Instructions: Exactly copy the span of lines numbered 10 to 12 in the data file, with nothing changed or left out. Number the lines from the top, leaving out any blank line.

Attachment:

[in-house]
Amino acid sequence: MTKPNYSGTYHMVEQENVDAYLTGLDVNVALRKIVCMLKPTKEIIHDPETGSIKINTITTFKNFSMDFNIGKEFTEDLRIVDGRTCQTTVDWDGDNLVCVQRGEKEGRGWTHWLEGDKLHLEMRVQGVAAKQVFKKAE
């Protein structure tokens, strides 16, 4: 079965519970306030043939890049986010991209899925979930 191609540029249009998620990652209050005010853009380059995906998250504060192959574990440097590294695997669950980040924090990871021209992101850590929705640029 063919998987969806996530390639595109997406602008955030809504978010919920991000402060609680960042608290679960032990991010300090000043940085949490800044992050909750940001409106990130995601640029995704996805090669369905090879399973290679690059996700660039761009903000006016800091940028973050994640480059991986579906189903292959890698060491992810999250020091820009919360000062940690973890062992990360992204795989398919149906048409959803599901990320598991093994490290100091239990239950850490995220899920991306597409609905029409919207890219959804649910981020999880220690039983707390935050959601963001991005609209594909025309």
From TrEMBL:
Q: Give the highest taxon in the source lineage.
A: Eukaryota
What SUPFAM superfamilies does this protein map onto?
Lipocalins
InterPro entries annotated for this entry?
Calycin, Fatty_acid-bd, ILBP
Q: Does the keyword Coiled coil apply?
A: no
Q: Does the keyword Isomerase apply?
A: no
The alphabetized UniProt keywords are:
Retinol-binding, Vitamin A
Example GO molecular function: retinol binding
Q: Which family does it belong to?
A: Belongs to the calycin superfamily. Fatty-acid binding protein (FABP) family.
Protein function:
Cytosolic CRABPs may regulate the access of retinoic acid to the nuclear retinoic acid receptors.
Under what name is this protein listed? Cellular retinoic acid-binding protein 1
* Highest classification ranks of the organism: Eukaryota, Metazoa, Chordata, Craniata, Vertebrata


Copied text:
Calycin, Fatty_acid-bd, ILBP
Q: Does the keyword Coiled coil apply?
A: no